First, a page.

QuickTD

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Feb 25, 2002
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2003 Audi A4Q 5spd 2.0 TDI 2056VK R783, 2006 Audi A4Q 6spd 2.0 TDI
Thanks for the info I was under impression that the crank is too long to fit snugly with the manual tranny that is why you need to shave it... Where in Ontario are you, maybe I will bring all my stuff up north and you can help me with that swap...
The crank is actually too short on an auto 1.8t. The reason many grind the end down is to fit a large sealed ball bearing into the center of the flywheel to act as a pilot bearing. This method seems a bit crude.

I would just machine a bronze bushing to insert in the end of the crank and be done with it. It may also be possible to find a needle bearing that will fit the hole in the 1.8T crank and also fit the input shaft of the trans, I haven't really done much research.

I don't work on VW's professionally. It's more of a hobby for me. I'm not interested in working on your car.
 

gerwazy

Vendor
Joined
Feb 20, 2006
Location
Sayreville, NJ
TDI
Passat B5.5
The crank is actually too short on an auto 1.8t. The reason many grind the end down is to fit a large sealed ball bearing into the center of the flywheel to act as a pilot bearing. This method seems a bit crude.

I would just machine a bronze bushing to insert in the end of the crank and be done with it. It may also be possible to find a needle bearing that will fit the hole in the 1.8T crank and also fit the input shaft of the trans, I haven't really done much research.

I don't work on VW's professionally. It's more of a hobby for me. I'm not interested in working on your car.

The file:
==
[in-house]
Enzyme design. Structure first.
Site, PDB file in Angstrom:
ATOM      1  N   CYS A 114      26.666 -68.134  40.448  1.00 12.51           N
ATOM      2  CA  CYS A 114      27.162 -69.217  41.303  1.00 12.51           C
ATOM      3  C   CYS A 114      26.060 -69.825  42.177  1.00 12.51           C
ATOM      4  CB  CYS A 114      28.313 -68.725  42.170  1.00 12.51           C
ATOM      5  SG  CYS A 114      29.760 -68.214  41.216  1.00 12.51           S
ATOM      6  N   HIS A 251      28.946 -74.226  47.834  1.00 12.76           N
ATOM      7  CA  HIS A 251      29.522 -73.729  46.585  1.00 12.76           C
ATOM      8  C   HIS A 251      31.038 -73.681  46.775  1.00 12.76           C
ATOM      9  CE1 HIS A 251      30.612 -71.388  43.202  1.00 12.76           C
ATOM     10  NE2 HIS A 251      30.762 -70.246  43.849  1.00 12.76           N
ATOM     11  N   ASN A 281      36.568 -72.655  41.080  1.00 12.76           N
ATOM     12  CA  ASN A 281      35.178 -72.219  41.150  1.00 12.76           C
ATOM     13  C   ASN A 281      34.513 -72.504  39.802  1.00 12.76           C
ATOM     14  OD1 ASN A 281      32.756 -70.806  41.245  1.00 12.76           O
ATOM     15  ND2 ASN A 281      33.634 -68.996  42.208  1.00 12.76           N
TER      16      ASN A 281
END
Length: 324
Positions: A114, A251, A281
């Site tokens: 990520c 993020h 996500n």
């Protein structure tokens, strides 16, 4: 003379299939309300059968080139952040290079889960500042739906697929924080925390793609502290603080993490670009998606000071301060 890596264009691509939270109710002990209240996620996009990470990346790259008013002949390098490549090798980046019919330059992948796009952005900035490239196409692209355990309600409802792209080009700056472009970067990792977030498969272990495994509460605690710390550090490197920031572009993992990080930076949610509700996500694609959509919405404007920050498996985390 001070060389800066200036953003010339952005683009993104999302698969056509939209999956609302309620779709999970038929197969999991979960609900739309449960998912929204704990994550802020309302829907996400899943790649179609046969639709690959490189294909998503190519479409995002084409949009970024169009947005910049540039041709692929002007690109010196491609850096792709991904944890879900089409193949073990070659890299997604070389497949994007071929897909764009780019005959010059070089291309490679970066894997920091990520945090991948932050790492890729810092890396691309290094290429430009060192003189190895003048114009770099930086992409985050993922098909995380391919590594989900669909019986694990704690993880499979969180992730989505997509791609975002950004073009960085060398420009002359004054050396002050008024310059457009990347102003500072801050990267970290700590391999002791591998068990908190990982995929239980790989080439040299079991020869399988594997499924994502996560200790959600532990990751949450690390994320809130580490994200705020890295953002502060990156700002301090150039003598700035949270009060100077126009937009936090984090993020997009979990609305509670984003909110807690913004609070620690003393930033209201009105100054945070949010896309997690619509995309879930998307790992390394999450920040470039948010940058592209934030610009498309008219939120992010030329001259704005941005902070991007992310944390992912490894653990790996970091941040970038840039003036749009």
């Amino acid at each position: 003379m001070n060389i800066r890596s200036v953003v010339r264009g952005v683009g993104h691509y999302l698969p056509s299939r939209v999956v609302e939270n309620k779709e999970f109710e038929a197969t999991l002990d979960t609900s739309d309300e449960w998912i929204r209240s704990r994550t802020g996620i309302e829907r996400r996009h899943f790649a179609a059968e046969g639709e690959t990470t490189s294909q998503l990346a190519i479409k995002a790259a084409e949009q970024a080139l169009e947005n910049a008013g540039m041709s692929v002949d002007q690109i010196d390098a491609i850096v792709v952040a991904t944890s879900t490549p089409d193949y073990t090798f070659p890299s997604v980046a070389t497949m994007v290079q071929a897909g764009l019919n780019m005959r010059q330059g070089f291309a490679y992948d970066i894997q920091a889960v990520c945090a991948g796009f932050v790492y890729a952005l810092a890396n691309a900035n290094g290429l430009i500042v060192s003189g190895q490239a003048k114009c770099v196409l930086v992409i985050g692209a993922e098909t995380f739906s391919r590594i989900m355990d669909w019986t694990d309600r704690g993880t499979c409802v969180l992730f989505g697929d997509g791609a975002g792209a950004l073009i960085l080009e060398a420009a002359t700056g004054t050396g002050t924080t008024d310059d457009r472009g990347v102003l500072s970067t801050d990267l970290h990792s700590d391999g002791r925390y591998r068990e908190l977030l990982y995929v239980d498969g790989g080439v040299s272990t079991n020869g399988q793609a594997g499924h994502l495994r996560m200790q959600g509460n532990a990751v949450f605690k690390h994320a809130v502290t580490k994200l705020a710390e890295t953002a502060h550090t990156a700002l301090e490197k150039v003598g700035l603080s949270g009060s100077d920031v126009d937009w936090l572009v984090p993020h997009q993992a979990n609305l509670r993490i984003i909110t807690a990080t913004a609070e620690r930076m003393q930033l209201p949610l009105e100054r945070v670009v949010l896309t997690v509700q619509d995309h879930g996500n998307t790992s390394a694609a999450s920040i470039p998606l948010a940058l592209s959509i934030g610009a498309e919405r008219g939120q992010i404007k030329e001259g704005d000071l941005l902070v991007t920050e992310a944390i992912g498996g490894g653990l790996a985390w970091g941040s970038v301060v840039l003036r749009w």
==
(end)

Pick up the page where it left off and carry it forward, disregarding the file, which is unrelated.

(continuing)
OK thanks for all the tips I didn't mean to offend you or anything with asking if you could help... But greatly appreciate the help, I would be scared to grind down the crank so this is the way to go:)
 

QuickTD

Veteran Member
Joined
Feb 25, 2002
Location
SW Ontario
TDI
2003 Audi A4Q 5spd 2.0 TDI 2056VK R783, 2006 Audi A4Q 6spd 2.0 TDI
OK thanks for all the tips I didn't mean to offend you or anything with asking if you could help... But greatly appreciate the help, I would be scared to grind down the crank so this is the way to go:)
No offense taken. I had a 1.8t longitudinal auto engine laying around, it might be still here... I'll see if I can get a couple measurements on it. You may be able to just make a sleeve to fit the regular 1.8t pilot bearing. The hole in the auto crank is 24mm (once the converter pilot bushing is removed). The manual is 21mm. That leaves 1.5mm wall thickness for your sleeve. If the sleeve were made a bit longer than the bearing it could stick out from the crank and give the proper depth of engagement as well.
 

santacll

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Joined
Mar 6, 1999
Location
SK. Canada
TDI
15Jetta_HL, 11GSW_CL
need to produce table with details

I can see that there is a lot of info, and it is a bit scattered and disjointed, this thread dealing with 6spd conversion is a great start

can be pull together a recommended table?

and list the things needed fro a 6 spd swap? and list the issues unless someone has already done so.

I am pretty much half a continent away from all of you , and i would like to be proactive and start assembling the parts well in advance

my personal preference is a 5 sped swap so i will want to see feedback on that too, since i would only do a chip to +1.5 if at all

topics to cover are

transaxle model
flywheel, clutch, PP ,
starter
subframe and mounts
axles
pedals, cluch cyl, switch
ecm modes cruise, starter interlocks
shift linkage


any of you pioneers willing to share the info ?